The Old Maryland State House is a 1934 reconstruction of the 1676 Jacobean State House that stood in St. Mary’s City, the provincial capital of Maryland. Founded in 1634 as the fourth permanent English settlement in North America, St. Mary's City was no longer extant by the nineteenth century. The reconstruction of the building was based upon archaeological and written evidence and was undertaken in celebration of Maryland’s tercentennial. The building plans were developed by Baltimore architects Herbert G. Crisp and James R. Edmunds Jr. in association with Washington, D.C. architect Horace Peaslee, under the direction of Herbert R. Shelton of Colonial Williamsburg.
St. Mary’s City was the first colonial settlement to offer religious toleration as a policy of government. The Maryland colony was granted to Charles Calvert, also known as Lord Baltimore, in 1632 by King James of England in reward for his loyal service. Dying before his grant was realized, it passed to his son Cecil Calvert with the intent of establishing a haven for English Catholics. In March 1634, his brother, Leonard Calvert, landed here with approximately 200 settlers contained in two ships, the Ark and the Dove, and established the town on the site of an abandoned Indian village. The reign of William and Mary brought an end to Catholic toleration and threatened the Calvert’s proprietary claim, events that contributed to the removal of the capital to Annapolis (then known as Anne Arundel Town) in 1695. St. Mary’s City quickly declined so that by 1787 all that remained was a few scattered houses and the brick State House, which was finally demolished in 1829.
The reconstruction of the Old State House represents one of Maryland’s leading early endeavors in the field of historic preservation and research into colonial life. It follows the exact configuration and design of the original building, based on extensive archaeological investigation and extant early documents. The English medieval cruciform house, consisting of a hall-and-parlor plan to which was appended a porch to the front and stair tower to the rear, appeared in Maryland during the period of early settlement but unfortunately no examples are extant; the reconstructed State House is the only representation. So as to preserve the archaeological remains of the original building, the replica was built adjacent to the original site. The building includes a large assembly hall on the first floor with entry and stair towers to either side to form a cruciform configuration; a council chamber and anteroom are on the second floor.
The Old Maryland State House is built of Flemish bond brick salvaged from two then-recently burned colonial houses, Bushwood Manor and Cartegena. It has a side-gable roof and an exterior shouldered chimney with a stack that is set back from the wall to either gable end. The windows are leaded casements with round-arched lintels; there are leaded transoms above those on the first story. The two-story tower to the front includes an open arcade over the entry and a room above, while the tower to the rear contains the stairway to the upper stories and a rear entry. The cruciform design with open or arcaded entry porch appeared on a number of early colonial public buildings as well as some residences, although very few are extant. The Old Maryland State House is situated on a rise overlooking the riverfront and is part of a larger commemorative landscape that now includes reconstructed gardens and other landscape features.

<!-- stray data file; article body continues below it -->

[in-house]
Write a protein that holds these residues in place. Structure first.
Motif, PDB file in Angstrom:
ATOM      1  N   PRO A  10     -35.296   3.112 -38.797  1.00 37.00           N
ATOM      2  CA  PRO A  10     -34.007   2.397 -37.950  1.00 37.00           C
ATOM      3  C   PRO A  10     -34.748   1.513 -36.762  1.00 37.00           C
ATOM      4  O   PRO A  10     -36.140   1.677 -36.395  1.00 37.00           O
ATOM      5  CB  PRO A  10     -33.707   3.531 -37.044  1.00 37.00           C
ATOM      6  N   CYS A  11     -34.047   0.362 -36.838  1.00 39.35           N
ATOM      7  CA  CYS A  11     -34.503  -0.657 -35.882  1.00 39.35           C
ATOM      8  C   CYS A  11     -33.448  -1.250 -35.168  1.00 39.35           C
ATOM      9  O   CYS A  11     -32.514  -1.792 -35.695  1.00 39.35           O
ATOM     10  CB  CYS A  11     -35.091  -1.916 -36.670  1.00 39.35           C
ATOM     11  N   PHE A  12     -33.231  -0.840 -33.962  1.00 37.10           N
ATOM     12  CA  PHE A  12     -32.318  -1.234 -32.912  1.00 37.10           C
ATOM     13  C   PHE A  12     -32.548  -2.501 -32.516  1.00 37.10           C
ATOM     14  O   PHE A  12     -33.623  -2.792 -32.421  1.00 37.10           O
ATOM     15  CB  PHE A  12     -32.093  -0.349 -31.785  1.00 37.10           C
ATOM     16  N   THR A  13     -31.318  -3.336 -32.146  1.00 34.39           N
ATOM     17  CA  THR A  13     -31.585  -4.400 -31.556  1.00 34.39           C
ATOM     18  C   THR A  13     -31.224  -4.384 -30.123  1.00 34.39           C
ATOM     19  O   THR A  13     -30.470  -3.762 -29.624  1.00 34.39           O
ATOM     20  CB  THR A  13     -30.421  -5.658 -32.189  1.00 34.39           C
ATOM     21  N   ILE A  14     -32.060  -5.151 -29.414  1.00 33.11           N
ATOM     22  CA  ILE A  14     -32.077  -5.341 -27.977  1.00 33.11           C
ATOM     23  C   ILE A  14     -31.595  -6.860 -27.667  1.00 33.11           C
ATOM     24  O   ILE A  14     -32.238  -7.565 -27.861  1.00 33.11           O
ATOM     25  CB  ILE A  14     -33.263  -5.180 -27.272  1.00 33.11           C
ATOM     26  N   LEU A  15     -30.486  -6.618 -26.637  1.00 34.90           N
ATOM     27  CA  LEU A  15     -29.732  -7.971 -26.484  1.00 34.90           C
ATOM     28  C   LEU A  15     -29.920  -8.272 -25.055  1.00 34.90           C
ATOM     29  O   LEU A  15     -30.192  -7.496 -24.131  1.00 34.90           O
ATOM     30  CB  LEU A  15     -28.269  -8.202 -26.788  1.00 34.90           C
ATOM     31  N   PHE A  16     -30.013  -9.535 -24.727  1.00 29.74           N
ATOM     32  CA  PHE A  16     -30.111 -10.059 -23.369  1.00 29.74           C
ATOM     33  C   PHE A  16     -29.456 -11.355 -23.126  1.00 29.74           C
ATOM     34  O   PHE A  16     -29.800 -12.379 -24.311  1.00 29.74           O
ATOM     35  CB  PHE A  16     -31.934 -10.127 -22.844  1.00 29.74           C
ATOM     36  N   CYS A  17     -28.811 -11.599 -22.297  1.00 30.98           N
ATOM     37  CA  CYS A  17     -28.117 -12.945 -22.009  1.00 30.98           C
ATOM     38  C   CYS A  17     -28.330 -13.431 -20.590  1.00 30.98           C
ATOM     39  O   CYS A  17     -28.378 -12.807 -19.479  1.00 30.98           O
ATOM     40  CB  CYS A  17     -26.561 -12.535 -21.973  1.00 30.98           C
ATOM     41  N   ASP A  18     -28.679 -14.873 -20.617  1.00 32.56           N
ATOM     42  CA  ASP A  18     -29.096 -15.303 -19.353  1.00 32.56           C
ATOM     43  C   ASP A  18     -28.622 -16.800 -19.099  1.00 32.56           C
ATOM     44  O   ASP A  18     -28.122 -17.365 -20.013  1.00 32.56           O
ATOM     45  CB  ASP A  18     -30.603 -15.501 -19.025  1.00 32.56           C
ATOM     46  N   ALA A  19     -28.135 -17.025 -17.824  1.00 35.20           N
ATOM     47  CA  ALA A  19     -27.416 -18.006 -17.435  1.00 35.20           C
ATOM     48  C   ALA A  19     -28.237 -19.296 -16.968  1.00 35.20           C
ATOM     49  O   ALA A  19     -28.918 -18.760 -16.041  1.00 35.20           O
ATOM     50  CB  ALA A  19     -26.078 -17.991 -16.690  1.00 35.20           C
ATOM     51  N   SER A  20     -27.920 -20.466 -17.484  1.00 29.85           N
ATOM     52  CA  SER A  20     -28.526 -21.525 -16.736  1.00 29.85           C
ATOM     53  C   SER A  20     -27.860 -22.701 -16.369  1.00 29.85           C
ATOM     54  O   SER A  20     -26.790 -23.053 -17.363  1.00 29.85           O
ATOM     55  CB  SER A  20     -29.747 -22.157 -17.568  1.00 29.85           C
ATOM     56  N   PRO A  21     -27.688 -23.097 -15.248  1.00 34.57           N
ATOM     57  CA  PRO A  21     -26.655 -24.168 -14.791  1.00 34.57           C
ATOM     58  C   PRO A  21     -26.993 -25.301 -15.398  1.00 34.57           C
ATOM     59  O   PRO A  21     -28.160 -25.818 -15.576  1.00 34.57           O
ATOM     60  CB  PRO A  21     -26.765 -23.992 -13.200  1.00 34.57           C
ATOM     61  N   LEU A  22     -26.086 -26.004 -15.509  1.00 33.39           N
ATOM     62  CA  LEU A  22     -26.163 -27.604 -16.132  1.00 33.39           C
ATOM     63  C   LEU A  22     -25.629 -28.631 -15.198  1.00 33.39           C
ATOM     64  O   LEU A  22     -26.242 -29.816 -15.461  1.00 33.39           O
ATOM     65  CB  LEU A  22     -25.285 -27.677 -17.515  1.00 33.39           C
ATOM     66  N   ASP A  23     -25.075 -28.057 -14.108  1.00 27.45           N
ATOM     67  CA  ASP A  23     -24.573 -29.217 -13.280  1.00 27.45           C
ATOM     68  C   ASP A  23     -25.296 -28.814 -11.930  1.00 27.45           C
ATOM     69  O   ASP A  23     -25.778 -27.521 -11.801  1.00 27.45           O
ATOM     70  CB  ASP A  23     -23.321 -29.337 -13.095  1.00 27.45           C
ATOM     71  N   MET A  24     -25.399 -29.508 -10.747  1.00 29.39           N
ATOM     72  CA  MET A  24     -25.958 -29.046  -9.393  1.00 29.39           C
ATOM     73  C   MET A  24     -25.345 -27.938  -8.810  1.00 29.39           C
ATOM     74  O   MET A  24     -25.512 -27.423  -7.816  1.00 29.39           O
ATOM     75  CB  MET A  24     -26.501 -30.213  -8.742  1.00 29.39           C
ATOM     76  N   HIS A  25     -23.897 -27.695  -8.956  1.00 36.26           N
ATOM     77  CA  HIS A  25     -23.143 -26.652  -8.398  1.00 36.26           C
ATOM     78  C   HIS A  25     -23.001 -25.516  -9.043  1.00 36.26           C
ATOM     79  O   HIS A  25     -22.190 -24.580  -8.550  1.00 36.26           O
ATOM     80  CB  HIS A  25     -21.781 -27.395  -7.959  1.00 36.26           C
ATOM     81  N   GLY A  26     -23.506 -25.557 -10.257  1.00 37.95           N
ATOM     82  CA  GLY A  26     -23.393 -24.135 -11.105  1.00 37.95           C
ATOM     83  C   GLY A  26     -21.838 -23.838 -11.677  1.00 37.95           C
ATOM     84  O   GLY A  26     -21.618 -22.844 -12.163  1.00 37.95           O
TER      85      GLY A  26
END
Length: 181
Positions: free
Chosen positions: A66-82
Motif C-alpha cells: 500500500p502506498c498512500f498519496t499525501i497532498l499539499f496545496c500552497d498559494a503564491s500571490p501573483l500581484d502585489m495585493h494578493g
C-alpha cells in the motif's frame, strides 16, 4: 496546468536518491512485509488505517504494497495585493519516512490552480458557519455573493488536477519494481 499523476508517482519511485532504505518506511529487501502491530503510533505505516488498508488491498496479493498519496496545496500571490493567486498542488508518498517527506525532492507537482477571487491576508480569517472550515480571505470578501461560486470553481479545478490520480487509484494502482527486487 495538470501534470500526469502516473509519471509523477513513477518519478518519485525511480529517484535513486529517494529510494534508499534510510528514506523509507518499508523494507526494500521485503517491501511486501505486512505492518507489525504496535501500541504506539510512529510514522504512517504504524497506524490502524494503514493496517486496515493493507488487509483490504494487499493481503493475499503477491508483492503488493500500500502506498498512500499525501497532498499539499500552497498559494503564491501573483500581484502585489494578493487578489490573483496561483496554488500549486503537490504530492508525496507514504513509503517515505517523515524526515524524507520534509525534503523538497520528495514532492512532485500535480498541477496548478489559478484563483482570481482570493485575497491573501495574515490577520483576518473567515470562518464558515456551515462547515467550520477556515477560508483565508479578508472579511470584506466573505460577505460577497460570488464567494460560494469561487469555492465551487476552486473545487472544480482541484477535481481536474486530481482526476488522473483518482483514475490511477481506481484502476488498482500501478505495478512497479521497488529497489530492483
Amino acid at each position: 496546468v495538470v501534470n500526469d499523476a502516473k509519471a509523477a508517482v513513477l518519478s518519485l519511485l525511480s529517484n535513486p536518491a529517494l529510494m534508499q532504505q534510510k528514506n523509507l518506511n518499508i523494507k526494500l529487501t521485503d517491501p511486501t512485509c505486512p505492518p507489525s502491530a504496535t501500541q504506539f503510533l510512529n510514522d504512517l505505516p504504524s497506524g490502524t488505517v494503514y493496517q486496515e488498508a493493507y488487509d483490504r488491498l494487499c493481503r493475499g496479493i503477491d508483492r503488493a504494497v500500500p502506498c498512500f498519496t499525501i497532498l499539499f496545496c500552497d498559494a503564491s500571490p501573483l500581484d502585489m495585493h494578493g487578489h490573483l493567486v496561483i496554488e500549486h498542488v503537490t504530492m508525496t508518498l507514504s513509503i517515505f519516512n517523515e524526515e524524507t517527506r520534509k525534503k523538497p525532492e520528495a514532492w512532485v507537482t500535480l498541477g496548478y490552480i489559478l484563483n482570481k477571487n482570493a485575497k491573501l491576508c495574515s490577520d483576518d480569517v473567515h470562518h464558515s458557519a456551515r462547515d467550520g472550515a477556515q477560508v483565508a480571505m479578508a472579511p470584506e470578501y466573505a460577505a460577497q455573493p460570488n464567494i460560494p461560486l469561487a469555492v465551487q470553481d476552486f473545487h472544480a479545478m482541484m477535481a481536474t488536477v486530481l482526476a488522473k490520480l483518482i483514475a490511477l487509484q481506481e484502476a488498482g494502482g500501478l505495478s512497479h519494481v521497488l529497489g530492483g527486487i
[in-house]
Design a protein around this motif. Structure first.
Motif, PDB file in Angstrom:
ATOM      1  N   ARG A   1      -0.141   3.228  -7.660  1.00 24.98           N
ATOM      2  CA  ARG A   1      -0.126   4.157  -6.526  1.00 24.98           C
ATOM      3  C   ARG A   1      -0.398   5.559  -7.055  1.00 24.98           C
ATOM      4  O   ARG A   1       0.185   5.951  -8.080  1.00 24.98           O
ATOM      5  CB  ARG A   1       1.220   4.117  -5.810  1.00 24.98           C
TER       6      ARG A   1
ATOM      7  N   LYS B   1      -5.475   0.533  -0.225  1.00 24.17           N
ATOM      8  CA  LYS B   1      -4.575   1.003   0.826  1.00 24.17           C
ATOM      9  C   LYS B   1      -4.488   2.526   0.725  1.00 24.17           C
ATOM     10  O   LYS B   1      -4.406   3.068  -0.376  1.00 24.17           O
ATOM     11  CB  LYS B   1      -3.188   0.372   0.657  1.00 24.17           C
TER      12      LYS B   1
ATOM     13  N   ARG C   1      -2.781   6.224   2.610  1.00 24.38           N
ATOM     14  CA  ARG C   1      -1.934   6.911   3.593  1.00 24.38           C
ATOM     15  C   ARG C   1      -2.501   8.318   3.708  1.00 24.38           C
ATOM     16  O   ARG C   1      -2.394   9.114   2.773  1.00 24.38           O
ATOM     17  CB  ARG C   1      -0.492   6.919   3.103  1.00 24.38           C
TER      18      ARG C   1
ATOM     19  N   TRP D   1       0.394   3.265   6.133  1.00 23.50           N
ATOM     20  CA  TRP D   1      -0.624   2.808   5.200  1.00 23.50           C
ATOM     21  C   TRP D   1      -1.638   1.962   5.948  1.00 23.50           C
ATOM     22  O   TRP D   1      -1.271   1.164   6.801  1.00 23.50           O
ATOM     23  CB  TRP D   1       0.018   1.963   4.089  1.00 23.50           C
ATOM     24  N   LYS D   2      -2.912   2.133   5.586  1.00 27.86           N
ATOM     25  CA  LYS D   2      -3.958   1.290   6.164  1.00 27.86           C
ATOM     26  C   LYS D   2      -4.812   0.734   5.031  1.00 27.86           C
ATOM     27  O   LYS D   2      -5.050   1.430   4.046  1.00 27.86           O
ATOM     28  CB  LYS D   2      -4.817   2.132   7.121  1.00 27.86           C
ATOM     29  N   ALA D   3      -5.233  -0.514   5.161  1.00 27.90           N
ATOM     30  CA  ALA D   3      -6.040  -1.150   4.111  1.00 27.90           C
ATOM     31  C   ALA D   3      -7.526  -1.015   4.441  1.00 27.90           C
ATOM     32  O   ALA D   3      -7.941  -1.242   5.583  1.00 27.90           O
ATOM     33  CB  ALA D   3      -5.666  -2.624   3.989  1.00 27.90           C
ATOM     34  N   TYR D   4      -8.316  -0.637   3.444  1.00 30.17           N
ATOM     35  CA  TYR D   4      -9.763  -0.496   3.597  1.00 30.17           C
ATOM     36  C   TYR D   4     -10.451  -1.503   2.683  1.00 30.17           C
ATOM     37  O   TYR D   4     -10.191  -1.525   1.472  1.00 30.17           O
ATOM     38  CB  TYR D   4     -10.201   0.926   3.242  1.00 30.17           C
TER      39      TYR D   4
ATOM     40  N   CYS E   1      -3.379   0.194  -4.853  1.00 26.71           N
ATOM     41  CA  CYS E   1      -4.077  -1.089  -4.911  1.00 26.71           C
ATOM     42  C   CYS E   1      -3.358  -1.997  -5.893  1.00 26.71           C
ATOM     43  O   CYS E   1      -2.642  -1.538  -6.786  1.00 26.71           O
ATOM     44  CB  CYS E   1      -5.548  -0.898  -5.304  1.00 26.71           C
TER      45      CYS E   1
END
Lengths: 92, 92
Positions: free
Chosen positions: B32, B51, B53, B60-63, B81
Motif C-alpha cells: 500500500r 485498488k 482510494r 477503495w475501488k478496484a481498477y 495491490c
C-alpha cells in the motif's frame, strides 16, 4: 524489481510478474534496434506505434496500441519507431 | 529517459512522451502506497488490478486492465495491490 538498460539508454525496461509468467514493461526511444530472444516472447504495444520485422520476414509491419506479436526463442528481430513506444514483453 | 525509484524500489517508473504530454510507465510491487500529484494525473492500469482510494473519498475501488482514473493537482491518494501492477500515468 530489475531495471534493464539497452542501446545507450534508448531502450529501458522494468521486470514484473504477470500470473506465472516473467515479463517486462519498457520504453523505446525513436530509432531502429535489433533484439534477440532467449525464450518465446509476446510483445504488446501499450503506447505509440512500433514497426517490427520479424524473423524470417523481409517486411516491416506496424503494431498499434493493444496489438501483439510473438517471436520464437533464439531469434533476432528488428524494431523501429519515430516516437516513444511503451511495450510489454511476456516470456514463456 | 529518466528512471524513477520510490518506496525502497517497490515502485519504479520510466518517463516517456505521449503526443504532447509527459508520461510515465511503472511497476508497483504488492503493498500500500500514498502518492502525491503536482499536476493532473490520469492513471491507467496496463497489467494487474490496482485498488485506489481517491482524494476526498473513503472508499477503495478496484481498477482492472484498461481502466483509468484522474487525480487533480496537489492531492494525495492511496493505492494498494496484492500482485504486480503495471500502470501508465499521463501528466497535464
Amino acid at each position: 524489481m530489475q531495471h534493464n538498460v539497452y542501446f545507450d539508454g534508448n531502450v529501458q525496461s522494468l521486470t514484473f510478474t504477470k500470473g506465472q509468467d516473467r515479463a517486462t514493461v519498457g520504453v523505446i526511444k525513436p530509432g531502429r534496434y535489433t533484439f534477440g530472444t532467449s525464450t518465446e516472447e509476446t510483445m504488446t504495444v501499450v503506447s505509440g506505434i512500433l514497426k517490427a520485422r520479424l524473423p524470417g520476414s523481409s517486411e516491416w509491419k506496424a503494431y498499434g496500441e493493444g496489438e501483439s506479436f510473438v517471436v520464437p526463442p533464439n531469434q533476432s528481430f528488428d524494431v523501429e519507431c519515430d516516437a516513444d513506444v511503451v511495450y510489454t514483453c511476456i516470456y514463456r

The Historic St. Mary’s City Commission, a state agency, was formed in 1966 to preserve the archaeological evidence of the former state capitol and to provide public interpretation. The Commission decided to reconstruct many of St. Mary’s City’s original buildings and preserve the foundations of the approximately sixty seventeenth-century structures laid out in a Baroque style town plan. Since 1969 Historic St. Mary’s City and its reconstructed village has operated as a living history museum and internationally recognized archaeological research center, partnering with the adjacent St. Mary’s College and other educational institutions. Numerous impermanent earth-fast houses and other structures have been reconstructed and used by living history interpreters to explain life in the first colonial Maryland capital. Simple framework indicating the general form and location of additional seventeenth-century houses give visitors a sense of the original townscape. More recently, a reconstruction of the circa 1667 brick Jesuit chapel has been added to Historic St. Mary's City.
Bourne, Michael O., “Replica of the 1676 State House,” St. Mary’s County, Maryland. National Register of Historic Places Inventory–Nomination Form, 1968. National Park Service, U.S. Department of the Interior, Washington, D.C.
Carson, Lois Green. “‘The Metropolis of Maryland’: A Comment on Town Development Along the Tobacco Coast.” Maryland Historical Magazine69 (Summer 1974): 124-145.
Foreman, Henry Chandlee. “The Maryland Cross Dwelling.” Maryland Historical Magazine43, no. 1 (March 1948): 22-27.
Knott, Laura, “Reconstructed State House of 1676,” St. Mary’s County, Maryland. Historic American Landscapes Survey, National Park Service, U.S. Department of the Interior, 2013. Prints and Photographs Division, Library of Congress (HALS No. MD-24).